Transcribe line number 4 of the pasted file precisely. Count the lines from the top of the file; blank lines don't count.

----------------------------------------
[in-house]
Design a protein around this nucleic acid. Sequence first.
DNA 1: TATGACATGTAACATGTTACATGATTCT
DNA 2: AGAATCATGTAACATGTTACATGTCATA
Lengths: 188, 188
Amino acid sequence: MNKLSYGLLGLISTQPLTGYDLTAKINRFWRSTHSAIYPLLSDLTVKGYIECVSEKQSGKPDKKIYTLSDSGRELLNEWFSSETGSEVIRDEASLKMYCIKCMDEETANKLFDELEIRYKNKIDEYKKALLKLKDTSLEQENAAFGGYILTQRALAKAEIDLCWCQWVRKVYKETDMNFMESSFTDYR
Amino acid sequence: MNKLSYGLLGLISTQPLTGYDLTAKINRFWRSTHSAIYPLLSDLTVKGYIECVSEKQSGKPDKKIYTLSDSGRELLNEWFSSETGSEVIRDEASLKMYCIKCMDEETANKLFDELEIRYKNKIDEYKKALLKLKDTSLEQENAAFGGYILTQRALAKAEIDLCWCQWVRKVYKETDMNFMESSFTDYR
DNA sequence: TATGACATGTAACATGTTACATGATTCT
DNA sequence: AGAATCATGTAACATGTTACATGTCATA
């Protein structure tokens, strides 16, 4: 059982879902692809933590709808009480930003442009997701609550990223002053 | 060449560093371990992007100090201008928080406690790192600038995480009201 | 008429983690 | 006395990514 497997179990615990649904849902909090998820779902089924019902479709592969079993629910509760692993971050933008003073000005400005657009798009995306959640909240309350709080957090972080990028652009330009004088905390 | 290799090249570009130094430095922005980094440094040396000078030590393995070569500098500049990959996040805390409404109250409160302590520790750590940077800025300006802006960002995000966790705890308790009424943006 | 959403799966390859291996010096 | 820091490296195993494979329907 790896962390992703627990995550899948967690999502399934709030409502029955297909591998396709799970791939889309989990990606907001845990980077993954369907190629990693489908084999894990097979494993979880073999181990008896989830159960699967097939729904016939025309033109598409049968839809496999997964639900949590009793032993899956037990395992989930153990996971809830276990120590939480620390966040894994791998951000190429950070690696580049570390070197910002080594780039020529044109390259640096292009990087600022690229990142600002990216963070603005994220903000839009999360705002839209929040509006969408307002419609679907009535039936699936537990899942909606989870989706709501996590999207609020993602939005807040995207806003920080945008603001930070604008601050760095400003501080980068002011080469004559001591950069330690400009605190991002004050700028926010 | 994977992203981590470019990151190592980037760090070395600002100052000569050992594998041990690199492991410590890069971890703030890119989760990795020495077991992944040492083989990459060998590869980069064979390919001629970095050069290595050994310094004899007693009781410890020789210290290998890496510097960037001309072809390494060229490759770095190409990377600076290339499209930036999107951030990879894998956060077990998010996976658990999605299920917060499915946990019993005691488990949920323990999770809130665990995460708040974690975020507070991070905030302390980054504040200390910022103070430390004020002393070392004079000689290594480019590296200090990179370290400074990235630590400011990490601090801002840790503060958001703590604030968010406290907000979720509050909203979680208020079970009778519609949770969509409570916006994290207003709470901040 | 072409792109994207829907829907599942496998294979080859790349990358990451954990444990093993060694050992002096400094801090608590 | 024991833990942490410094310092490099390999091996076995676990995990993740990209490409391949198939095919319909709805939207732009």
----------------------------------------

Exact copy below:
DNA 2: AGAATCATGTAACATGTTACATGTCATA